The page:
Tuesday, January 15, 2008

#1 - George Washington, 1789-1797

George Washington was the first president of the United States of America. When he was sworn into office in 1789, there was a good chance that the event might never have taken place. For during the French and Indian War, Lt. Colonel Washington was nearly killed at the Battle of the Monongahela in Pennsylvania. General Edward Braddock, under whom Washington served, was killed in that battle. Washington had two horses shot out from under him and four bullet holes in his jacket after the battle.

Washington had been born into a family of landed gentry and pursued interests in both surveying and the military. After his brush with death in Pennsylvania, Washington returned home to Virginia to marry the widow, Martha Dandridge Custis.

Shortly after the convening of the Second Continental Congress, Washington was called upon to serve as Commander in Chief of the Continental Army. Taking command in July 1775, he led the colonials against the armies of the British empire for the next six years. The Continentals were defeated at nearly every turn, forced to withdraw from Boston, New York and elsewhere. Washington was very successful in using guerrilla tactics, something the British were completely unprepared to defend against, best exemplified by the crossing of the Delaware on Christmas Eve, 1776. With that, Washington likely saved Philadelphia from being taken by the British and with it the American government. When French forces arrived to assist Washington and the Americans, the tide turned and Washington forced a surrender of the British forces under Lord Cornwallis at Yorktown, Virginia.

During his presidency, Washington set about setting the precedents for the United States government. He watched as partisanship quickly enveloped his administration and, weary and longing to return to Mount Vernon, he ignored pleas to serve a third term and retired in 1796, publishing a Farewell Address. His retirement lasted barely three years, when Washington died of a throat infection in December 1799.

The Facts:
  • born February 22, 1732, Westmoreland County, Virginia
  • April 14, 1789 - Washington accepts the presidency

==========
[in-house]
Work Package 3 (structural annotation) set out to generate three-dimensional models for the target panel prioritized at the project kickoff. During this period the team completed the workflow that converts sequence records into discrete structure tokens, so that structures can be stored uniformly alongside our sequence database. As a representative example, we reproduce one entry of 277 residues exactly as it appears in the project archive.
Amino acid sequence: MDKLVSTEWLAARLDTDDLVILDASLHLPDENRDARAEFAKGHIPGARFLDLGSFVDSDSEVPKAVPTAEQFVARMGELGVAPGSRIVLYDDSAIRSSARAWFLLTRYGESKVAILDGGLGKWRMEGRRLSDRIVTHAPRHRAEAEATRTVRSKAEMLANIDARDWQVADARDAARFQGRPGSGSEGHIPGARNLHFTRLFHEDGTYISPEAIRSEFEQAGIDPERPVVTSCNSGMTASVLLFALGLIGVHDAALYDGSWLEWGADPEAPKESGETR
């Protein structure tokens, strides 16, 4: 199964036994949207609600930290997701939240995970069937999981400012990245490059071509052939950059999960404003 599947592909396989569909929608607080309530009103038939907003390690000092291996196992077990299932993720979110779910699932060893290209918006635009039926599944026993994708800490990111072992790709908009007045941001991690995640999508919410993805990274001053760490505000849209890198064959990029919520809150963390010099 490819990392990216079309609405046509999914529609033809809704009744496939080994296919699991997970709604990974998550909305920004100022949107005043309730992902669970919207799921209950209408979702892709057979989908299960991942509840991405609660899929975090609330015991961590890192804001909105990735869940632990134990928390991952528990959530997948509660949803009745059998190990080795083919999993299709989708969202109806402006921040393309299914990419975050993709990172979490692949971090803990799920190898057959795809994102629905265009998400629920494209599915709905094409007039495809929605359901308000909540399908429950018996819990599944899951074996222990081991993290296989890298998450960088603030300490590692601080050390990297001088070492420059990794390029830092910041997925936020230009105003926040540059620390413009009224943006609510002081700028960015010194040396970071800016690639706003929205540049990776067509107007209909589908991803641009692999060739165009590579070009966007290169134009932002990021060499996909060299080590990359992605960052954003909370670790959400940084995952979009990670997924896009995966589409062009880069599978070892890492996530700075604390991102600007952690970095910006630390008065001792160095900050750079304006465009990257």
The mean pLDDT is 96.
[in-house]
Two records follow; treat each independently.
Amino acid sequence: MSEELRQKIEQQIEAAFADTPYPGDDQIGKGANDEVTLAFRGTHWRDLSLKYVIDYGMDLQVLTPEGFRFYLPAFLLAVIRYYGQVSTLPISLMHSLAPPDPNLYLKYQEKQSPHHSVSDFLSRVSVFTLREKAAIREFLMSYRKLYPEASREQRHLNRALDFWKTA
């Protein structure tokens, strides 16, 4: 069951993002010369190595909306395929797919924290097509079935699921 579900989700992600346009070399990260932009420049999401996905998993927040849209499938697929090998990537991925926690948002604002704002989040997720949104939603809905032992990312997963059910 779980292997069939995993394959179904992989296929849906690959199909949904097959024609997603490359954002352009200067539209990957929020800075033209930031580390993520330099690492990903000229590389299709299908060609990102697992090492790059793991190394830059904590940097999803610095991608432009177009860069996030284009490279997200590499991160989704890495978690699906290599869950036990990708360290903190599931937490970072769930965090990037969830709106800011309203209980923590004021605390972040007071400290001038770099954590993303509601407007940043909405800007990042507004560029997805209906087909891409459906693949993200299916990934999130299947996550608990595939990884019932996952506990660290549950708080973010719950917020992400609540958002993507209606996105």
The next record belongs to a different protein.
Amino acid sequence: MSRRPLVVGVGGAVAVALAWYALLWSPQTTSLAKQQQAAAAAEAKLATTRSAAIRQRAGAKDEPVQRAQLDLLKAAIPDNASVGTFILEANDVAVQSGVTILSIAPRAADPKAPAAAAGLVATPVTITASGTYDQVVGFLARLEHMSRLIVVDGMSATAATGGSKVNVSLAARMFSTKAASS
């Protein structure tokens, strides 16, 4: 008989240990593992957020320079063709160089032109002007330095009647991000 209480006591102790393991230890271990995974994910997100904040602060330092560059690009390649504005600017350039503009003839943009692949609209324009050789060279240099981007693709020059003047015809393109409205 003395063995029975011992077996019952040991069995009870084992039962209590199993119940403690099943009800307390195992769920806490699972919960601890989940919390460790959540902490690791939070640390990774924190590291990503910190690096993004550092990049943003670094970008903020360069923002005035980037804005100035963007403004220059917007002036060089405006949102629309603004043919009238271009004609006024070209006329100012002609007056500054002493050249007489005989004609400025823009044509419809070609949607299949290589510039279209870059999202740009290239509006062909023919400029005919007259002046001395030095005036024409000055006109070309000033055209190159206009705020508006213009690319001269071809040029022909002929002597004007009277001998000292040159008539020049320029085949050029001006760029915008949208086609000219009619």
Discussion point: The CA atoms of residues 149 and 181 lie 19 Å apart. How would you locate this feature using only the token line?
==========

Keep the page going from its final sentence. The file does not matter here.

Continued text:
• April 30, 1789 - Washington is inaugurated on the steps of Federal Hall in New York City
  • died December 14, 1799, Mount Vernon, Virginia
  • George Washington is the only president to be elected unanimously (in the electoral college).
  • He is the only president to be inaugurated in two capitals (New York and Philadelphia) as well as the only president to not reside in Washington, DC
  • Washington refused the presidential salary of $25,000
  • The "Father of Our Country" had no children of his own
  • Washington granted freedom to his slaves at Mount Vernon upon his death


Lana Gramlich said...

Interesting, but nothing on the mythological wooden teeth? ;)

ADR said...

This promises to be a great feature. I would rank Washington high on the list for many reasons. But I would be remiss if I did not point out that Washington College remains the only college in the nation (and the 10th oldest) that got Washington's express written consent to be named after him. That and fifty guineas. Not an insubstantial sum back in the day.

Anonymous said...

adr - so, Washington sold his naming rights? That's funny!


Archivalist said...

Nothing about Washington's distillery?

Nothing about the Washington Generals?

I, for one, am looking forward to Chester A. Arthur.

Brave Astronaut said...

As I said at the outset, this will be a work in progress. Things will get missed and that is where you, dear reader come in. That being said:

Lana - here's some more about the teeth. Surprisingly, not all that wooden.

ADR - you should address that with the nice folks at Wikipedia.

DD - When you put it that way, that is one of the funniest things I have read.

Archivalist - I'm sure you're wishing there was going to be an entry for "Blaine from Maine."

I already know one who is looking forward to Mr. Fillmore and another who can't wait for Mr. Buchanan. But everyone should be jumping on their favorites. Figure it out - mark those calendars (ooh! it's Franklin Pierce's week!)

Lana Gramlich said...

Lead? Woah!

Unknown said...

Are you going to do the Millard Fillmore tour when you go to Western NY this spring? You really should. You could also take in the site of the T. Roosevelt inauguration.

Lana Gramlich said...

I was going to say, I believe Fillmore's buried at Forest Lawn Cemetary in or near Buffalo, NY. The link is to my pix of the cemetary, although it's so large I never did find Fillmore's grave.
(Gads, Blogger's comments are being VERY hit or miss today! 3rd times the charm, hopefully...)

Anonymous said...

I'm looking forward to Harding - supposedly a relative, and the worst president in our short history.

Could you find one good thing to say about him, please?

Also, re: naming rights - in my city and at my alma mater, new buildings are no longer named after an influential professor, civic leader (except, for all you archivists - our new city library is named after a former mayor who was instrumental in getting it built), dean, or university president. They are named after the guy with the deepest pockets. So sad.

Shouldn't AT&T Bricktown Ballpark have been named after Johnny Bench, Mickey Mantle, Bobby Mercer, Warren Spahn, Jim Thorpe - all from our state? Well?

(sorry so long)


Anonymous said...

In what ways are obama and washington similar?
Is it that they both enjoy barack's crossing or a leisurely game of euchre?

Anonymous said...

Oral history has it, that George Washington had a black son from a slave, Venus Ford. The son's name was West Ford. It was from oral history by Linda Allen Bryant.